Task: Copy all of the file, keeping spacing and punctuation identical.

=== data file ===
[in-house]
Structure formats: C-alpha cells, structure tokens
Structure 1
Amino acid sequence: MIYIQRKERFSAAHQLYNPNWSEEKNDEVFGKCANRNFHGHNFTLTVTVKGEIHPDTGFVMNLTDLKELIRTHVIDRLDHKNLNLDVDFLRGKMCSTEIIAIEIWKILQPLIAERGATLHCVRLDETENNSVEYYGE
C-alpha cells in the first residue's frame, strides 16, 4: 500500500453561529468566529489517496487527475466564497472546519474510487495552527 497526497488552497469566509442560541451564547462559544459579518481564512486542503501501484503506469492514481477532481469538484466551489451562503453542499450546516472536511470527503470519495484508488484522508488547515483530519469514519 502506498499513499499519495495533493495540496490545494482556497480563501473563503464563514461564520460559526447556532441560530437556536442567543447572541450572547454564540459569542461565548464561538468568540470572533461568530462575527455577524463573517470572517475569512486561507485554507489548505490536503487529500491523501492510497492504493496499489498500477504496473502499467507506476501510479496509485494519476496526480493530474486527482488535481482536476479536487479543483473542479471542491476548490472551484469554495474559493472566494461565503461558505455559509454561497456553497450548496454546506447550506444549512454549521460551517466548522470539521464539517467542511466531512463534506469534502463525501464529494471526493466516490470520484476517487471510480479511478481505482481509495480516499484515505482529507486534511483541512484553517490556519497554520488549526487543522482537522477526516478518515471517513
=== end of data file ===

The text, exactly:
[in-house]
Structure formats: C-alpha cells, structure tokens
Structure 1
Amino acid sequence: MIYIQRKERFSAAHQLYNPNWSEEKNDEVFGKCANRNFHGHNFTLTVTVKGEIHPDTGFVMNLTDLKELIRTHVIDRLDHKNLNLDVDFLRGKMCSTEIIAIEIWKILQPLIAERGATLHCVRLDETENNSVEYYGE
C-alpha cells in the first residue's frame, strides 16, 4: 500500500453561529468566529489517496487527475466564497472546519474510487495552527 497526497488552497469566509442560541451564547462559544459579518481564512486542503501501484503506469492514481477532481469538484466551489451562503453542499450546516472536511470527503470519495484508488484522508488547515483530519469514519 502506498499513499499519495495533493495540496490545494482556497480563501473563503464563514461564520460559526447556532441560530437556536442567543447572541450572547454564540459569542461565548464561538468568540470572533461568530462575527455577524463573517470572517475569512486561507485554507489548505490536503487529500491523501492510497492504493496499489498500477504496473502499467507506476501510479496509485494519476496526480493530474486527482488535481482536476479536487479543483473542479471542491476548490472551484469554495474559493472566494461565503461558505455559509454561497456553497450548496454546506447550506444549512454549521460551517466548522470539521464539517467542511466531512463534506469534502463525501464529494471526493466516490470520484476517487471510480479511478481505482481509495480516499484515505482529507486534511483541512484553517490556519497554520488549526487543522482537522477526516478518515471517513